29 February 2024

Indigenous-only youth justice plan waves red flags

| Lyndon Keane
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Katter’s Australian Party leader Robbie Katter says there are similarities between the State Government’s proposed Intensive On Country program for youth offenders and the plan his party has been advocating for years, but that the new policy announcement comes with plenty of red flags. Photo: Supplied.

Political opponents and community justice workers say while the State Government’s new plan to tackle youth crime is a step in the right direction, there are too many “dangerous” and “racist” red flags to make it a genuine solution.

On 21 February, the State Government announced it was seeking expressions of interest (EOI) from First Nations organisations willing to deliver a new Intensive On Country trial program for offenders engaged with the youth justice system.

The trial will be open only to Indigenous youth offenders, leading some to question whether the move was politically motivated ahead of the October 2024 Queensland election.

The proposed program will build on the government’s current On Country initiative, which was launched in 2020 with trial sites in Townsville, Cairns and Mount Isa, and will not be mandatory.

It is understood the trial will be available in a number of new locations, and provide an “intensive cultural and residential experience” for youth offenders for up to a few months.

A mandatory requirement of the procurement process for the new program will be that the service is delivered by, or in partnership with, an Aboriginal and Torres Strait Islander community-controlled organisation.

“There isn’t one simple solution to stopping all youth offending, but evidence tells us that on country programs have had some real success,” Premier Steven Miles said following the announcement.

“We’ve listened to elders and from community leaders, who believe they can deliver better on-Country programs that can help young people to connect to Country, to change the context that’s causing their offending, to take them away from the triggers of that offending and to give them intensive support to break that cycle.”

Katter’s Australian Party (KAP) has been pushing for relocation sentencing to be an integral part of the youth justice management process for a number of years, and party leader and Member for Traeger Robbie Katter said it appeared as though the State Government was trying to replicate his party’s strategy.

“I think the Premier is genuinely trying to mimic what we’ve been advocating for, but from our point of view, sadly, there’s still these urban progressors who still have dominant position in the party room and in the departments, and they just don’t believe in this [relocation sentencing] and they will water it down to render it useless,” he said.

“I think there is some goodwill in the government, in that they want to make it work.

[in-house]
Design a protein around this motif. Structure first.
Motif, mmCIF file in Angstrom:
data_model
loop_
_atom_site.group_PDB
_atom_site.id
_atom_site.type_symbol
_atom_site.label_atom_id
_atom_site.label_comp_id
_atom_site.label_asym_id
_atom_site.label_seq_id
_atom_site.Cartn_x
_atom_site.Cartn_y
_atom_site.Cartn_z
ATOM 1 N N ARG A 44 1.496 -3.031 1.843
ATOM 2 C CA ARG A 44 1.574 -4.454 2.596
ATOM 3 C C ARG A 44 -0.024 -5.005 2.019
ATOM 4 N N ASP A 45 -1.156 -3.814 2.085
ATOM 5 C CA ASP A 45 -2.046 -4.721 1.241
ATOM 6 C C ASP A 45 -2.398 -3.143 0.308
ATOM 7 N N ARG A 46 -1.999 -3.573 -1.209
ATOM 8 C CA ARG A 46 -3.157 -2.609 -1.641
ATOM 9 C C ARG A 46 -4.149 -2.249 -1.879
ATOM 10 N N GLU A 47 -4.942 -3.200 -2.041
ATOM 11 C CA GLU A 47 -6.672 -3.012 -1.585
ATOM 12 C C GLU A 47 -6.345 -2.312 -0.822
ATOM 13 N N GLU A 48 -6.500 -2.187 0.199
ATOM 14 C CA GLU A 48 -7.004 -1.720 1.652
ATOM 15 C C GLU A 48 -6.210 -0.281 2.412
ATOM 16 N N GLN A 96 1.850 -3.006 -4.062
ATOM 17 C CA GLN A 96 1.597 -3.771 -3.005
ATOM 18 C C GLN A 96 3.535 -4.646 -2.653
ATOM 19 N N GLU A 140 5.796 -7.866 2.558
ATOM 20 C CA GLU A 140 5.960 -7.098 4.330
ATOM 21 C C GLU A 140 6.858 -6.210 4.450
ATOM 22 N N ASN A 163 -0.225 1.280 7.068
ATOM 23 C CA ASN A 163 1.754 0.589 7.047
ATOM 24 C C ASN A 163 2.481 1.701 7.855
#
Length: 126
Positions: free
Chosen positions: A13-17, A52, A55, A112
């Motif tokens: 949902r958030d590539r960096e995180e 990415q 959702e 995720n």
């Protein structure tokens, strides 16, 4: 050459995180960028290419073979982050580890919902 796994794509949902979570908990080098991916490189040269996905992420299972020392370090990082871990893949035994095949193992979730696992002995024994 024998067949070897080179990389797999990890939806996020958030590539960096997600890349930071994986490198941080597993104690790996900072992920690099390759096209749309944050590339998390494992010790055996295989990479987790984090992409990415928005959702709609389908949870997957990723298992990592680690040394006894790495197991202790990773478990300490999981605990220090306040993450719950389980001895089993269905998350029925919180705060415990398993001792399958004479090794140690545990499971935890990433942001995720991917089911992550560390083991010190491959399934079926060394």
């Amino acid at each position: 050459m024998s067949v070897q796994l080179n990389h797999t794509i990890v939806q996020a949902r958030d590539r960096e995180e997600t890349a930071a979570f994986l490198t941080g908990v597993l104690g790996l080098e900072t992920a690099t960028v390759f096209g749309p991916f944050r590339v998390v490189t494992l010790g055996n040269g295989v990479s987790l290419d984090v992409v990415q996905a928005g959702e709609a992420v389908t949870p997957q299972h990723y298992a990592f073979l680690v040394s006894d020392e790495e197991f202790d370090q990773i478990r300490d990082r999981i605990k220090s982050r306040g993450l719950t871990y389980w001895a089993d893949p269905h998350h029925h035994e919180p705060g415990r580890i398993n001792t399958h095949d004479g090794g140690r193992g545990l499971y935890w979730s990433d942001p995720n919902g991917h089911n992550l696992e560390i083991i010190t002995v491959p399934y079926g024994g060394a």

“There are about four red flags for us.”

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While Mr Katter would not brand the Indigenous-only eligibility component of the program as racist, one Cape York community justice worker said it was the only way it could be described.

“What else can you call it but racist?” the worker, who has worked in the community justice sector for more than two decades and asked not to be named, asked angrily.

“We’ve tried the black and white thing before, and look how bloody well that ended up.

“Look, I think [the government] is moving the right way, but it needs to be more than the short period of time they are talking about; these kids who are offending need some real time and support to get back on the right track, otherwise you may as well just get them a room at Lotus Glen [Correctional Centre] right now.

“This track is just dangerous for them kids.”

Premier Steven Miles says the State Government’s on-Country programs have proven successful, despite criticism by opponents. Photo: Supplied.

Mr Katter echoed the sentiment and said he could not understand why the government had announced the plan would only be for Indigenous youth offenders “other than for political reasons”.

“I just find it personally concerning that we’re having Indigenous and non-Indigenous solutions to crime policies,” he told Cape York Weekly.

“That’s deeply concerning for us.”

The KAP leader added he believed the timeframe being mooted by the Premier was insufficient to effect long-term change.

“We’ve said 12 months; it needs to be associated with mandatory sentencing,” Mr Katter said.

“That’s giving that kid the best chance to break away from those toxic social groups, which is a key element of the policy.

“I think it’s really cruel to expect these kids to change in a couple of months or whatever.”

The State Government will accept EOI applications until 12 March, 2024.

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